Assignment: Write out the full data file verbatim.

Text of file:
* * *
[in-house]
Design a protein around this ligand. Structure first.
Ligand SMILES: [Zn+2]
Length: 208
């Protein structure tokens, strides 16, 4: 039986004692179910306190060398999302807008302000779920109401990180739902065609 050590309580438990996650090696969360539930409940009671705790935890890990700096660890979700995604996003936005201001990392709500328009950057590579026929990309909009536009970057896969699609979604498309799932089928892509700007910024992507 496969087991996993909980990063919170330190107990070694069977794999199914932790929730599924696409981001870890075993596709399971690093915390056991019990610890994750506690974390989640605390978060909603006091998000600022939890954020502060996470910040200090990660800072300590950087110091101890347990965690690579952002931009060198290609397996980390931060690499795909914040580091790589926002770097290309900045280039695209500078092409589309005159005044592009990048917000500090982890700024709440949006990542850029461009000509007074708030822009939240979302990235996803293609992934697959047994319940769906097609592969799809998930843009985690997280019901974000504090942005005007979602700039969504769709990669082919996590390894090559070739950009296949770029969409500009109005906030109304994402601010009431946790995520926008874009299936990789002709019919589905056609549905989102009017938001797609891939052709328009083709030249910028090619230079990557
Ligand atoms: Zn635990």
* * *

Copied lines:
[in-house]
Design a protein around this ligand. Structure first.
Ligand SMILES: [Zn+2]
Length: 208
């Protein structure tokens, strides 16, 4: 039986004692179910306190060398999302807008302000779920109401990180739902065609 050590309580438990996650090696969360539930409940009671705790935890890990700096660890979700995604996003936005201001990392709500328009950057590579026929990309909009536009970057896969699609979604498309799932089928892509700007910024992507 496969087991996993909980990063919170330190107990070694069977794999199914932790929730599924696409981001870890075993596709399971690093915390056991019990610890994750506690974390989640605390978060909603006091998000600022939890954020502060996470910040200090990660800072300590950087110091101890347990965690690579952002931009060198290609397996980390931060690499795909914040580091790589926002770097290309900045280039695209500078092409589309005159005044592009990048917000500090982890700024709440949006990542850029461009000509007074708030822009939240979302990235996803293609992934697959047994319940769906097609592969799809998930843009985690997280019901974000504090942005005007979602700039969504769709990669082919996590390894090559070739950009296949770029969409500009109005906030109304994402601010009431946790995520926008874009299936990789002709019919589905056609549905989102009017938001797609891939052709328009083709030249910028090619230079990557
Ligand atoms: Zn635990």